33Obs. The process of observation.

(19) Such observations were accordingly made at all the Preventive Service stations on the coasts of England, Ireland, and Scotland, from June 7 to June 22 inclusive, and the registers of the observations were sent to the Admiralty, where they now are. (Whewell, PT 1835)

  • 14 THE OBSERVATION of the passage of the Moon by the constellation of Pleiades is one of those which (...)

(20) L’OBSERVATION du passage de la Lune, par la constellation des Pléïades, est une de celles qui peuvent être les plus propres à fixer, pour nos tables de la Lune, nombre de secondes d’erreur, dont elles sont encore susceptibles. (Jeaurat, Mémoires 1785)14

34Auth. The author of the text in question or a group of which he is a member.

(21) I accordingly made some experiments to determine what degree of purity the air should be of, in order to be diminished most readily, and to the greatest degree. (Cavendish, PT 1785)

  • 15 We bled the first two from the arm, and the third from the foot, about six hours after the event.

(22) Nous avons fait saigner du bras les deux ‘premiers’, & le troisième du pied, environ six heures après l’évènement. (Tessier, Mémoires 1785)15

35Oth. Humans other than the author.

(23): Sir EVERARD HOME has given a very good representation of them, at this stage of their progress, in his Lectures on Comparative Anatomy, from the elegant pencil of Mr. BAUER. (Thompson, PT 1835)

  • 16 Mr PRIESTLY obtained inflammable gas from spirits of wine by means of an electric spark.

(24) M. PRIESTLEY a retiré du gaz inflammable de l’esprit-de-vin, par le moyen de l’étincelle électrique. (Berthollet, Mémoires 1785)16

36Inter. Documents other than the present text.

(25) For instance, in a paper published in the Philosophical Transactions for 1819, it is taken for granted, that when the two tides meet which come up the British Channel and down the German Ocean there must be a visible and marked conflict of opposite currents of water. (Whewell, PT 1835)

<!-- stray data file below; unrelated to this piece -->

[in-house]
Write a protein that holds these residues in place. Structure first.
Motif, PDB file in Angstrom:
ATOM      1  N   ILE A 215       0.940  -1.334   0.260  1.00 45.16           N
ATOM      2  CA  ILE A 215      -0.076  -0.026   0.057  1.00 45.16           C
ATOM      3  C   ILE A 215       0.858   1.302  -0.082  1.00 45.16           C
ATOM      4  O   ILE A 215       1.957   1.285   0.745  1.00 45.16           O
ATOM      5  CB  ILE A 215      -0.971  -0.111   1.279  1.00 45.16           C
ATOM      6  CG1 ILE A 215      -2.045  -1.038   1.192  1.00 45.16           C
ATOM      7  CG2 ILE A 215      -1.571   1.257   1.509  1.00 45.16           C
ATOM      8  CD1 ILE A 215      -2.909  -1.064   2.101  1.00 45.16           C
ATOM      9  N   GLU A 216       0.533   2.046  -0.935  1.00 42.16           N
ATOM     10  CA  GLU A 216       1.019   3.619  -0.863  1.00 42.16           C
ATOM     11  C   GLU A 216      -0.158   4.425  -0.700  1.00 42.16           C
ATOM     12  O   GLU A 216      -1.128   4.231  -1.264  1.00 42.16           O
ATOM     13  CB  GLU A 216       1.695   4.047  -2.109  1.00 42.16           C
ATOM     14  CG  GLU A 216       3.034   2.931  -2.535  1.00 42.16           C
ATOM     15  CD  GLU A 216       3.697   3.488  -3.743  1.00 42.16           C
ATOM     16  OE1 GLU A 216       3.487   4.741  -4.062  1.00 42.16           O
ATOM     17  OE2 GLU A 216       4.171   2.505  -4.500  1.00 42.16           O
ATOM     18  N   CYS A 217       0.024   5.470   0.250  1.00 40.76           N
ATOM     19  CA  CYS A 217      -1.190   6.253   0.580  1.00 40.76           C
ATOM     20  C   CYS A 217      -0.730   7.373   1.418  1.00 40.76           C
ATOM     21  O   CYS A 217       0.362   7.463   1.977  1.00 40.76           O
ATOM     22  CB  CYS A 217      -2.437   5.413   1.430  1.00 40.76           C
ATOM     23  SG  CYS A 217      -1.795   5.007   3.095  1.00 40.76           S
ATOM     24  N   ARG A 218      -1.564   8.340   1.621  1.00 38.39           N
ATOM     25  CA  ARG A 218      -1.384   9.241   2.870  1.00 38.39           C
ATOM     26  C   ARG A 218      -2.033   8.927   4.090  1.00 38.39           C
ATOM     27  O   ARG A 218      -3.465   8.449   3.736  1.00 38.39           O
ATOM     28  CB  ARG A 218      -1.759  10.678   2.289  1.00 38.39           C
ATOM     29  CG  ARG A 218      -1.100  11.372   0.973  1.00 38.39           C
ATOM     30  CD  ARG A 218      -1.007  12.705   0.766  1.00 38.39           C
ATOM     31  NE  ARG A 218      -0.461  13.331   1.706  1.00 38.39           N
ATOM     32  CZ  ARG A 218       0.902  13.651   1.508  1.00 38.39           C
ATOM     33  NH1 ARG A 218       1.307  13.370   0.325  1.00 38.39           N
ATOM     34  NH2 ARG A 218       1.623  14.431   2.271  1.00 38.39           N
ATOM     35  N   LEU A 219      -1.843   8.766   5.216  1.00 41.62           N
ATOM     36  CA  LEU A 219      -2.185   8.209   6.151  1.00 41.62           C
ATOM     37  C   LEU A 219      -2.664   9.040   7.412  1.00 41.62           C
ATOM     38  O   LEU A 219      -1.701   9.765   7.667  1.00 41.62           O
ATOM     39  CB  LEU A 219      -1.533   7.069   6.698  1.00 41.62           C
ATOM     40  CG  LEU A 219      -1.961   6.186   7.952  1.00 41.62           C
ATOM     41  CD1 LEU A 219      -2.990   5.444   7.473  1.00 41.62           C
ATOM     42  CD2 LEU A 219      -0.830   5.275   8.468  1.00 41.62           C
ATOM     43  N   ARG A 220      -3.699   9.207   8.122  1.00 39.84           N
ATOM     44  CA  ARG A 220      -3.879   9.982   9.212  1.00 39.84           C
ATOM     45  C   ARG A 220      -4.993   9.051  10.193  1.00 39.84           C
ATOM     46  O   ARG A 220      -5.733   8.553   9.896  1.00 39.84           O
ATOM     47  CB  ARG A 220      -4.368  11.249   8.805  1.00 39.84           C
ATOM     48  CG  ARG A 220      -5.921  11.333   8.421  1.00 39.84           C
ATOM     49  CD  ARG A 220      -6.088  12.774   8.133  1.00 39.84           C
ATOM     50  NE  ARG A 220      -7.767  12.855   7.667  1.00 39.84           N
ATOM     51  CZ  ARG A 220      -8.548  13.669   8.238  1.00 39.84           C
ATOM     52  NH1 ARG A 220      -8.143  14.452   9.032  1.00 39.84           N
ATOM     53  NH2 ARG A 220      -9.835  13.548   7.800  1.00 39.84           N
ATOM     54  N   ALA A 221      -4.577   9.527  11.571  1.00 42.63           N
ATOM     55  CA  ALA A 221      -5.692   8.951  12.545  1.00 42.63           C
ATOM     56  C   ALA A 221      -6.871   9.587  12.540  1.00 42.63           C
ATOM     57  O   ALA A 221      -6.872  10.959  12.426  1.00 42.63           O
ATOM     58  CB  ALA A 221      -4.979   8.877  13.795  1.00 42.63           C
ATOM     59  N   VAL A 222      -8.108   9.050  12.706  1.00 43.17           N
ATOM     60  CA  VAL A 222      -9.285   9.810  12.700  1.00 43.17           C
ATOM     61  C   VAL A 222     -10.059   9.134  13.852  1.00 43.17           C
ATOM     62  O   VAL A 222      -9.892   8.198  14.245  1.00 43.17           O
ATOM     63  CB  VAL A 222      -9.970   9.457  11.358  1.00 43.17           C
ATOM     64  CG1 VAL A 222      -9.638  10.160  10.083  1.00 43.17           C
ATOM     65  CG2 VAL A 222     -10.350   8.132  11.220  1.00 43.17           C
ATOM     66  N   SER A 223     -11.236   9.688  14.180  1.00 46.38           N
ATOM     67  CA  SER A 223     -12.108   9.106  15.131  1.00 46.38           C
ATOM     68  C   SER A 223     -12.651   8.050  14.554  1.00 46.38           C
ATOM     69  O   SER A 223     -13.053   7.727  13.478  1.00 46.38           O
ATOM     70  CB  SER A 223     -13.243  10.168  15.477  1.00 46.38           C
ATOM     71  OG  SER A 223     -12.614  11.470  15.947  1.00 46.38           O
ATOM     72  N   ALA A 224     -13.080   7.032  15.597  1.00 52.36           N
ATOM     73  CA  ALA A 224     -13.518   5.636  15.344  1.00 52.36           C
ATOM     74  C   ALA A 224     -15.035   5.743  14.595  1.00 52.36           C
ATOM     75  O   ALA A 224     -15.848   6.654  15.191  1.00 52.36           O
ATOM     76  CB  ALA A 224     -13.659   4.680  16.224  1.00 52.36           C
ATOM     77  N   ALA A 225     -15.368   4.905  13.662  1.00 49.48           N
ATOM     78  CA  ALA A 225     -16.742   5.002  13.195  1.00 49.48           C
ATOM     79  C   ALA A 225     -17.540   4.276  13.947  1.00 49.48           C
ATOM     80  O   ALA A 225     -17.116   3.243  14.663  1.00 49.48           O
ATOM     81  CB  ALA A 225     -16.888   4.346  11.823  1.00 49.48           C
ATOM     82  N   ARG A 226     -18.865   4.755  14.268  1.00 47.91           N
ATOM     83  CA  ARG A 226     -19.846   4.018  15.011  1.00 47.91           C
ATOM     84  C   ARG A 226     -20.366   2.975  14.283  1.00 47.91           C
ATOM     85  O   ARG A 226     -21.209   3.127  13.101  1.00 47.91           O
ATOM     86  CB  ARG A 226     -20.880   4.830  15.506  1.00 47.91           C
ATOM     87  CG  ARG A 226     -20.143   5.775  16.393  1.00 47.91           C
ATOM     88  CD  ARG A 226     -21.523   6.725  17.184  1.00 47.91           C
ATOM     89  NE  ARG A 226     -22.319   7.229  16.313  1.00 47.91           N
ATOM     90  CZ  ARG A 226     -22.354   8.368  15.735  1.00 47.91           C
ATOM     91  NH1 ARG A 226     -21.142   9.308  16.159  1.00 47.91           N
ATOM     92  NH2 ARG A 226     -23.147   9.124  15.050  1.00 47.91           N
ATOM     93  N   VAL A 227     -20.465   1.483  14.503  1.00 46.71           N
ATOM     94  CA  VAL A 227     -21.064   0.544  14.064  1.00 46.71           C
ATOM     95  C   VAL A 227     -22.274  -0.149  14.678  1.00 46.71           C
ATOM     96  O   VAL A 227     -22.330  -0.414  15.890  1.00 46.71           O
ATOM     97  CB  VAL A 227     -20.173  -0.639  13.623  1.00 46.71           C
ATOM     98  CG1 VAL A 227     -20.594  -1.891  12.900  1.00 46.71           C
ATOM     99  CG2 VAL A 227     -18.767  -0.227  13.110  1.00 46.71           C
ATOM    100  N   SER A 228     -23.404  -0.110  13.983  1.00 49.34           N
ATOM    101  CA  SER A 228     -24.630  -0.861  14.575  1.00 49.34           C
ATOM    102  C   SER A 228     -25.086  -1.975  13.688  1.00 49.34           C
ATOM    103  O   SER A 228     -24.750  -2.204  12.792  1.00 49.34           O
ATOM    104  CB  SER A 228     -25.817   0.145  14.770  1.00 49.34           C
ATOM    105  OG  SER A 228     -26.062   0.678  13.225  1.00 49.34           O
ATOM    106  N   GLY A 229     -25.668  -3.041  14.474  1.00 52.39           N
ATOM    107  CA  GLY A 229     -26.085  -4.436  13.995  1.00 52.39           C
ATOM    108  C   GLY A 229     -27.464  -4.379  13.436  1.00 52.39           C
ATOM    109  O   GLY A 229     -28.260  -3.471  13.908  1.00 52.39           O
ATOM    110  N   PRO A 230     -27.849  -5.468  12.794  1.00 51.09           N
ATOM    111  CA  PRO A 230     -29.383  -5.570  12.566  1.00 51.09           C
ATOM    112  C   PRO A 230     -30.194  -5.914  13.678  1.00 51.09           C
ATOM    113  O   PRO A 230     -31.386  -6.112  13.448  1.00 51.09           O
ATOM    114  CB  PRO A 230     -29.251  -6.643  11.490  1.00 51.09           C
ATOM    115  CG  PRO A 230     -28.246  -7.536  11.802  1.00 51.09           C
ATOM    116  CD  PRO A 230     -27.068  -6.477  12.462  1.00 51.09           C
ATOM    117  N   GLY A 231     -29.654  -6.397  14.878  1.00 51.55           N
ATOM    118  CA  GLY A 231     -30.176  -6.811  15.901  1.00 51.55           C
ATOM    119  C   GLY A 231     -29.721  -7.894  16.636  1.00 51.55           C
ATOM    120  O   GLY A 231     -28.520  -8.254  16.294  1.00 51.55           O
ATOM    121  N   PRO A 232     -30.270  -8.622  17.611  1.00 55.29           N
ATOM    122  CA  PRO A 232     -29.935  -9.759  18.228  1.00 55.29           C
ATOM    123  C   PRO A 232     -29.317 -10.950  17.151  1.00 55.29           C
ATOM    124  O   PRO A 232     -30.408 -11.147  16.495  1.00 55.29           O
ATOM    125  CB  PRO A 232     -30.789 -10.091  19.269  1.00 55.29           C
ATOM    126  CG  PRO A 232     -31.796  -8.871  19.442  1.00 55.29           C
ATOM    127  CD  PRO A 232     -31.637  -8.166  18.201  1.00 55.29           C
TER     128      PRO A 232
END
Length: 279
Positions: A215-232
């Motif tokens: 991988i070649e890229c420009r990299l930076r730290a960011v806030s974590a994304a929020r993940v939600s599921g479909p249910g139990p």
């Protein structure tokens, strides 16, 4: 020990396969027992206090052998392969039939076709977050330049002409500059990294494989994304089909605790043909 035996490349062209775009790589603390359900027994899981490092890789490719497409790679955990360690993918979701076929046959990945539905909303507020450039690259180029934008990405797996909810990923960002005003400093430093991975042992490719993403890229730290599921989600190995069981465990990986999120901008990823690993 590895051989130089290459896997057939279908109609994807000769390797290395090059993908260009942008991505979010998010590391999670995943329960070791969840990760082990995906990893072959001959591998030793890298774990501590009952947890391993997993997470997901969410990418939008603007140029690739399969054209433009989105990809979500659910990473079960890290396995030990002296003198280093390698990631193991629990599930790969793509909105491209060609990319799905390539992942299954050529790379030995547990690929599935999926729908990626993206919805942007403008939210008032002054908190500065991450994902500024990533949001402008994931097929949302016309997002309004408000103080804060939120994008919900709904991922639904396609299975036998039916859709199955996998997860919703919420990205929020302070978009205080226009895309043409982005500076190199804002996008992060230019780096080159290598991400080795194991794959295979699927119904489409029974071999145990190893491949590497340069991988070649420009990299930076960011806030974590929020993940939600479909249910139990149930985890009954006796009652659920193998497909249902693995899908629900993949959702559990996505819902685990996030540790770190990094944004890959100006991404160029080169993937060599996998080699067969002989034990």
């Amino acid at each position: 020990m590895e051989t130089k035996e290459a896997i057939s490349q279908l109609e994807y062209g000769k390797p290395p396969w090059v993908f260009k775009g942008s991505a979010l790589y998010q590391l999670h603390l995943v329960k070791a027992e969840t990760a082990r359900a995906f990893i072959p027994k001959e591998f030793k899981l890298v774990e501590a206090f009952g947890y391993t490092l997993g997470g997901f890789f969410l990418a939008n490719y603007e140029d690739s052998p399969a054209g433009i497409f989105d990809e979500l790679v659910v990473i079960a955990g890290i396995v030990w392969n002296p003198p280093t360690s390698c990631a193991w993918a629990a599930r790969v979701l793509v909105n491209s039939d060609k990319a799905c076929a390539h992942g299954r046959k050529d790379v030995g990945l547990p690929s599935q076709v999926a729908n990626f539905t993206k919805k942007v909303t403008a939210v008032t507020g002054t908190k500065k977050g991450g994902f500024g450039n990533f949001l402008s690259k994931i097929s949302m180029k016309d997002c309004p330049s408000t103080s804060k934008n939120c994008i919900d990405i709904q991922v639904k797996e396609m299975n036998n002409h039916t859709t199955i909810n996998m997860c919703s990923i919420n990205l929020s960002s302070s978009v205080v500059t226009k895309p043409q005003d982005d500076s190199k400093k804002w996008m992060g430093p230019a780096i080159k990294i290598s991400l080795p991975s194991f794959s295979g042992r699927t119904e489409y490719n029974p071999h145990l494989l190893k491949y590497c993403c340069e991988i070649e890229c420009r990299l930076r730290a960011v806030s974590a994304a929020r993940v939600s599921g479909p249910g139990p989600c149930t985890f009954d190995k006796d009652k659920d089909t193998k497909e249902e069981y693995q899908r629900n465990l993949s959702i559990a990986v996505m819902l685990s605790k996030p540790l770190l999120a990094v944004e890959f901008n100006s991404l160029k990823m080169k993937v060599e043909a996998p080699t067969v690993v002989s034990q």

• 17 Moreover, the Abbé de la Caille’s tables of the Sun give 3.5” more than those of Mayer.

(26) De plus, les tables du Soleil de l’Abbé de la Caille, donnent 3,5" de plus que celle de Mayer. (Jeaurat, Mémoires 1785)17

37Meta. Reference to other parts of the same text.

(27) My next illustration will show that a similar fact has been observed among the bivalves. (Gray, PT 1835)

  • 18 Figures (1), (2) and (3) show what happens to the organization of the atoms during the first momen (...)

(28) Les figures (1), (2), (3) montrent ce qui se passe dans l’arrangement des atomes pendant les premiers moments de la cémentation. (Bequerel, Mémoires 1835)18

38Exist. Existential themes.

(29) There are some circumstances which we can readily imagine may produce such an effect, though awe should probably not succeed in guessing what the effect would be. (Whewell, PT 1835)

  • 19 … there were only two that remained on their feet.

(30) … il n’y en a eu que deux qui soient restés sur leurs pieds. (Tessier, Mémoires 1785)19

39Ment. Mental processes or elements of argumentation.

(31) But this conclusion has not been universally admitted, and the following experiments were made with the view of determining its truth or fallacy. (Morgan, PY 1785)

  • 20 Continuing the same line of reasoning, we get the arrangement of Figure 3, and so on.

(32) En continuant le même raisonnement, on arrivera à l’arrangement de la figure 3, et ainsi de suite. (Becquerel, Mémoires 1835)20

40Time. Temporal expressions.